A star passed by the black hole close enough that some of its mass fell into the black hole’s gravitational grip, but far enough that the star managed to get away still intact with minor damage.
A team of astronomers spotted the event in a galaxy about 650 million light years from Earth, which is relatively close by for cosmic distances.
Although they couldn’t see the star directly, the team observed a flare of light that resulted from the black hole’s measly meal, which was a portion of gas about the size of Jupiter. While that’s big compared to Earth, Jupiter is still one thousand times smaller than our sun.
In reality, a black hole will only end up consuming a whole star once every 10,000 to 100,000 years, according to Ohio State Astronomer Christopher Kochanek, who is a co-author on the paper describing the team’s discovery published in the journal Monthly Notices of the Royal astronomical Society.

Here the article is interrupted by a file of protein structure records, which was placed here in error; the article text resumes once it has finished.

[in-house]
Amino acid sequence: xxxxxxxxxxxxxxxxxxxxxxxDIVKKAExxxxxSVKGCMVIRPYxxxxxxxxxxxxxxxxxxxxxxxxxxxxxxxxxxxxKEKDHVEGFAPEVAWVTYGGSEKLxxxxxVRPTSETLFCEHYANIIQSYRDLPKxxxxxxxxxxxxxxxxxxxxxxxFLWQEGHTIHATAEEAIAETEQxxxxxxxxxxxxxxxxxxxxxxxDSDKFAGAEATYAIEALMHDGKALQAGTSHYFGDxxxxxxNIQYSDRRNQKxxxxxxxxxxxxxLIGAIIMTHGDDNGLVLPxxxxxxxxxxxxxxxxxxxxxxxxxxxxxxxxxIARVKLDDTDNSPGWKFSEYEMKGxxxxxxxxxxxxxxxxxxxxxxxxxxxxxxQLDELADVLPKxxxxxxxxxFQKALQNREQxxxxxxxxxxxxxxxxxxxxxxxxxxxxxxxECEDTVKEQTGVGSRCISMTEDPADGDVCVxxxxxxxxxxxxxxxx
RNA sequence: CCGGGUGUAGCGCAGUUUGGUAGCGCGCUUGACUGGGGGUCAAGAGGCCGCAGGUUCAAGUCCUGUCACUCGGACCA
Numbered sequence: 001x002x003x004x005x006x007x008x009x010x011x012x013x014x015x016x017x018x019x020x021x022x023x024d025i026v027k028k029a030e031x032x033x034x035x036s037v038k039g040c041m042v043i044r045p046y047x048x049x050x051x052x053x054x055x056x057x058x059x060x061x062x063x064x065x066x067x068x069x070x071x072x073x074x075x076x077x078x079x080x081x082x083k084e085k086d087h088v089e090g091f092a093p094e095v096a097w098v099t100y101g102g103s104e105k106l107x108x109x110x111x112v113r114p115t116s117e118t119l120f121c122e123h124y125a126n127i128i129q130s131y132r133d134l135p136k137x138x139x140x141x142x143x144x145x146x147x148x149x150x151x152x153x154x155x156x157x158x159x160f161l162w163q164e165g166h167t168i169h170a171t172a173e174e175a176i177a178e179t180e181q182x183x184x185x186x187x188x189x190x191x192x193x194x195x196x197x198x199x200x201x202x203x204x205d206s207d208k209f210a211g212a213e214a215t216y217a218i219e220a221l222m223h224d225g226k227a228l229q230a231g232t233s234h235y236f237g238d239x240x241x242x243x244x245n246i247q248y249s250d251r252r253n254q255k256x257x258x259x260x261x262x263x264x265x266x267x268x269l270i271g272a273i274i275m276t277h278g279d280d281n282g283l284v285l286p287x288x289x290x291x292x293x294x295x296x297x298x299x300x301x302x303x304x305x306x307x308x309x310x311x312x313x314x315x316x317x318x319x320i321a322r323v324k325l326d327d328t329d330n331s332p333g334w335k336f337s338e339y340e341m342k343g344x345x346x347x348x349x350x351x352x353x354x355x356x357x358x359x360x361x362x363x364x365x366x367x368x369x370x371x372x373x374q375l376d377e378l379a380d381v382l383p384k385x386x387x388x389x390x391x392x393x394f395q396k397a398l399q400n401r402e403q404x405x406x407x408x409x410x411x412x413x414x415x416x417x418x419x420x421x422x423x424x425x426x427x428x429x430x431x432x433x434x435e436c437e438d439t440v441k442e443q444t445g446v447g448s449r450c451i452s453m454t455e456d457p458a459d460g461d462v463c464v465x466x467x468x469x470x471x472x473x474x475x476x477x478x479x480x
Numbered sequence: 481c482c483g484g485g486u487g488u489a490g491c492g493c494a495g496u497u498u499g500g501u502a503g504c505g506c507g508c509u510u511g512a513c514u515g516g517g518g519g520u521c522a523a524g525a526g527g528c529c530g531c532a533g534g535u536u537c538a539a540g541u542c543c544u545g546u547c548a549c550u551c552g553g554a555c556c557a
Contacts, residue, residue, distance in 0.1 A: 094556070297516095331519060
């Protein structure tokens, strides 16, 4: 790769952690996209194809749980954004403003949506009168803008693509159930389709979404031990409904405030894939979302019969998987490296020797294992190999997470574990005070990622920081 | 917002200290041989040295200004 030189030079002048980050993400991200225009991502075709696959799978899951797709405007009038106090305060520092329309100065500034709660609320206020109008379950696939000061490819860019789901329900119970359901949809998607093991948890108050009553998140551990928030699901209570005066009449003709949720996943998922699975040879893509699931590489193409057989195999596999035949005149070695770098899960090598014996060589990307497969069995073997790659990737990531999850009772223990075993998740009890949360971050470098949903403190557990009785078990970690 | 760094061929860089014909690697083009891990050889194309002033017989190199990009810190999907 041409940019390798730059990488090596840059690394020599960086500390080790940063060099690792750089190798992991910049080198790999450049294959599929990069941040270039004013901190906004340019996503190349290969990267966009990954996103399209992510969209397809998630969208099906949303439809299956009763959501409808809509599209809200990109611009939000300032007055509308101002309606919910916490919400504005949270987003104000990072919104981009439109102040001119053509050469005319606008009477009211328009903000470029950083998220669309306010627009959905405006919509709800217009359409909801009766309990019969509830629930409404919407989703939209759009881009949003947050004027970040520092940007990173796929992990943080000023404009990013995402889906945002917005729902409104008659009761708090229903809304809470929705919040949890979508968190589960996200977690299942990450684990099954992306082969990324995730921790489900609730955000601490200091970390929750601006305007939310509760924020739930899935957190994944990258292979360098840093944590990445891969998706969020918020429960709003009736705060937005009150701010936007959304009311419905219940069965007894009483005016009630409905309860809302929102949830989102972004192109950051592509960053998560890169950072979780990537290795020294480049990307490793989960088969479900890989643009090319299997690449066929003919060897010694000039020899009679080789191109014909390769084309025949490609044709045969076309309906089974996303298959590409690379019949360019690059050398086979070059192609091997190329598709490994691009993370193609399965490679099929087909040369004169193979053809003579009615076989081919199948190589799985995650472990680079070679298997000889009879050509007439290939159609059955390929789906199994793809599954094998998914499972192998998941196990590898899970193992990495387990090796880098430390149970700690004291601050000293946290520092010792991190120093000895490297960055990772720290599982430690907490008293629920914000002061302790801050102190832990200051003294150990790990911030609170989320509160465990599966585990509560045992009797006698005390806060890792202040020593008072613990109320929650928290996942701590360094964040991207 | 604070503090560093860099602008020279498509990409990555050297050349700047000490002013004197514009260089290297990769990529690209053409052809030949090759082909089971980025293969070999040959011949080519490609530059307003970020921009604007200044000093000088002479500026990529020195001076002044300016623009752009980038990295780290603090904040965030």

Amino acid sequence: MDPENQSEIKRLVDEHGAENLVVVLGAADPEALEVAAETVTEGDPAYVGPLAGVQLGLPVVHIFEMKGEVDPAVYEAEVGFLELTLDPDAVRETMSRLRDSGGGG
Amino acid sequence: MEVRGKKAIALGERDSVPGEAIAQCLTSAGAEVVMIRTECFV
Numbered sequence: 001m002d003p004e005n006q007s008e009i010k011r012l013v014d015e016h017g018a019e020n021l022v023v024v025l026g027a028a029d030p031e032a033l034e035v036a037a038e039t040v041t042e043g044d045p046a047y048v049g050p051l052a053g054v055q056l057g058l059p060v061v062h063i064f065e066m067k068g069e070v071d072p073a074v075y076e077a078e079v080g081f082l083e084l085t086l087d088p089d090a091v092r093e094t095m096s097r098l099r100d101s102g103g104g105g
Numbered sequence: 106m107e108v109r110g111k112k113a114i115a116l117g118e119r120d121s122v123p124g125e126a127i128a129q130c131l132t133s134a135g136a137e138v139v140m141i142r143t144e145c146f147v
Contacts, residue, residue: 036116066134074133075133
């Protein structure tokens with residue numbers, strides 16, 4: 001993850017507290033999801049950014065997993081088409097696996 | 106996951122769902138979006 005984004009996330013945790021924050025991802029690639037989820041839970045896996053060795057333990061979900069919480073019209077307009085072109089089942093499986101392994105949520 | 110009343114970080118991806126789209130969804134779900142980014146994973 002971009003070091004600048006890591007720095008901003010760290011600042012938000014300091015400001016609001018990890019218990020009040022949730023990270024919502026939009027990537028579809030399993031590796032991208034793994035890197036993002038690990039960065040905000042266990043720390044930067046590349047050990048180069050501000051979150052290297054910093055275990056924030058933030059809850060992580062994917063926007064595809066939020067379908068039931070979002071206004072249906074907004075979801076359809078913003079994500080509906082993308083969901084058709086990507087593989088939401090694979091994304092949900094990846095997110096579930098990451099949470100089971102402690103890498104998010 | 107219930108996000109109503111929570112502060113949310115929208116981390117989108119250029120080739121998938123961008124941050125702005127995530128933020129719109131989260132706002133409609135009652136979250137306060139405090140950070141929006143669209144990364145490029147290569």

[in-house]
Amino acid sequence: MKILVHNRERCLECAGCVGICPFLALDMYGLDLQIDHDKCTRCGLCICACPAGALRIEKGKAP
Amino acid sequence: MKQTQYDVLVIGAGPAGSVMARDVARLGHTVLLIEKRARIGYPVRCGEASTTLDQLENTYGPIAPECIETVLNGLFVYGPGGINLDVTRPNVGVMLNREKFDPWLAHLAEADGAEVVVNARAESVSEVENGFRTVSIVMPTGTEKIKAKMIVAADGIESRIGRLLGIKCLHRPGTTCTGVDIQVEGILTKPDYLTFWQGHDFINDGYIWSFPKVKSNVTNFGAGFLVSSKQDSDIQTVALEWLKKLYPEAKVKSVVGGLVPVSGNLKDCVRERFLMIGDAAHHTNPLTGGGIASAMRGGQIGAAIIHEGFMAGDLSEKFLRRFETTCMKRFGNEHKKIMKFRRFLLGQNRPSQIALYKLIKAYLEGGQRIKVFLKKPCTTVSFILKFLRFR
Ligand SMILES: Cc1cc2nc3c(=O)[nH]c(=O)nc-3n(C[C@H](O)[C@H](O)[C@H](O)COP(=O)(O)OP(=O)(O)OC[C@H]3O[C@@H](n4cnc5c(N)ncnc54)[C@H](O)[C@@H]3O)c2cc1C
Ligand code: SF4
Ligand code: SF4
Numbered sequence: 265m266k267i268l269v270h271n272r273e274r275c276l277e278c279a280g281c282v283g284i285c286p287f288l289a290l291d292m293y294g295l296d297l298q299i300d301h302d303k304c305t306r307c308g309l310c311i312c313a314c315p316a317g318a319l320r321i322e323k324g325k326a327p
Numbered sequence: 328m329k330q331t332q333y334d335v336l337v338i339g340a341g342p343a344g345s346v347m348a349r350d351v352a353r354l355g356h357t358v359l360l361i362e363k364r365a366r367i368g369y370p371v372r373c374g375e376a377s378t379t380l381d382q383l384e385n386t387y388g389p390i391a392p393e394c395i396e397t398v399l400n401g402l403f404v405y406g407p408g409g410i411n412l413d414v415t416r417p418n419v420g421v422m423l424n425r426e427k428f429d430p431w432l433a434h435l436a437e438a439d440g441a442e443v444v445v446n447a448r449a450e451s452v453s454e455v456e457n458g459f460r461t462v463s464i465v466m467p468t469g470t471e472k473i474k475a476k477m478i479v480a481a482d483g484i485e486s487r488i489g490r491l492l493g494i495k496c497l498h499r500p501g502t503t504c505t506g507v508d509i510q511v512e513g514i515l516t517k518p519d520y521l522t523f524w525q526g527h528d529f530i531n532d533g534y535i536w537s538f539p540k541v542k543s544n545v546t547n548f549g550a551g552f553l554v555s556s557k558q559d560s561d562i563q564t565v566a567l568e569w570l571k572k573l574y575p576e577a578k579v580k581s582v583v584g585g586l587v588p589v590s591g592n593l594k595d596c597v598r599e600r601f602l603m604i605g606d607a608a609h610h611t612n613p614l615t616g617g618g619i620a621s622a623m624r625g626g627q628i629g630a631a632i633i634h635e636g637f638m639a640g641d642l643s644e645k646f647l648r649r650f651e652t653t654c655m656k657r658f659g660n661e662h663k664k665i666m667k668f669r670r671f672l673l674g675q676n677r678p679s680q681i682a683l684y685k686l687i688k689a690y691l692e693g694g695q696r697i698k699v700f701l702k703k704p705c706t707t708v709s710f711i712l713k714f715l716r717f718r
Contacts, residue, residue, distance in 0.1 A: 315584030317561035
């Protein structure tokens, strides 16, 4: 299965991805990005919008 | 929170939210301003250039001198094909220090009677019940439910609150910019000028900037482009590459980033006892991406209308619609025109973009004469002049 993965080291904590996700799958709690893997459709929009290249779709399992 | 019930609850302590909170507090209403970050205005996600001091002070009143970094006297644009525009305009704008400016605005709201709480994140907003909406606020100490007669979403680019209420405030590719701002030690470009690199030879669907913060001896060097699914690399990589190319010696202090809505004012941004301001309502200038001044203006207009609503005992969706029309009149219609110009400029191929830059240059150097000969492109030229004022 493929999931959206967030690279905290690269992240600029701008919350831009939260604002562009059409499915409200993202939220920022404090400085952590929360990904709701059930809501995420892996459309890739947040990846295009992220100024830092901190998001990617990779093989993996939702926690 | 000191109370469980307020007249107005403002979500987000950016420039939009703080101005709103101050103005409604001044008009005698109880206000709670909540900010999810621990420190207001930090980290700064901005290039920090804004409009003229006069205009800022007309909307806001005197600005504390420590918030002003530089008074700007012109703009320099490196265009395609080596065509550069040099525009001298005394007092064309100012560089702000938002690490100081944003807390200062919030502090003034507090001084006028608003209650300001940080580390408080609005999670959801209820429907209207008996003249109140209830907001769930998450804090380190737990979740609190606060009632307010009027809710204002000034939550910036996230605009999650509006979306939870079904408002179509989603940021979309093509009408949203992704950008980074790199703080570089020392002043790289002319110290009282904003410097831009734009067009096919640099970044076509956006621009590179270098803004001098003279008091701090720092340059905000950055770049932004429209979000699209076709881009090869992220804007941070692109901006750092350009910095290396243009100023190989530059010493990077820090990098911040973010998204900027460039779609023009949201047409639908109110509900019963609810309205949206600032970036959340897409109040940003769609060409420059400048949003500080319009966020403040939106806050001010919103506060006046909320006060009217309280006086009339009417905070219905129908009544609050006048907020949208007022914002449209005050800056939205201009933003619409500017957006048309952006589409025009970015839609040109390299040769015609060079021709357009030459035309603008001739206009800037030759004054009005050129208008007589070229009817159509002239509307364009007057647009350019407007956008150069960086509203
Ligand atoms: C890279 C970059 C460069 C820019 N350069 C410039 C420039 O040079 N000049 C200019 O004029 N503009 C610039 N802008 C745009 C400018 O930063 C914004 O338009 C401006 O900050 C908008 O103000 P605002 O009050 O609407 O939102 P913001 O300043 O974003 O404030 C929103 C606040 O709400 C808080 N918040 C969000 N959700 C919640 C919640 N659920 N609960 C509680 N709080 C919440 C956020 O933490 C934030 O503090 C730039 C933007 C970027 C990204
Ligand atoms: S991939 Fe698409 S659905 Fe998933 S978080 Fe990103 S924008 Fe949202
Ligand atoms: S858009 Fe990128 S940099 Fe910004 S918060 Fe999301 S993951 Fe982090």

This discovery is the result of a larger project called the All-Sky Automated Survey for Supernovae (ASAS-SN, pronounced assassin), which is led by scientists at Ohio State.
The ASAS-SN survey is searching for bursts of light in the sky that are associated with stellar explosions called supernovae. At first, the team thought their event was a supernova but upon closer inspection discovered otherwise. Their find could hep us understand whether these events of black holes shaving mere slivers off stars over billions of years is how they grow, or if there’s something else feeding these cosmic beasts.
Check out the video below where the lead scientist explains the team’s results.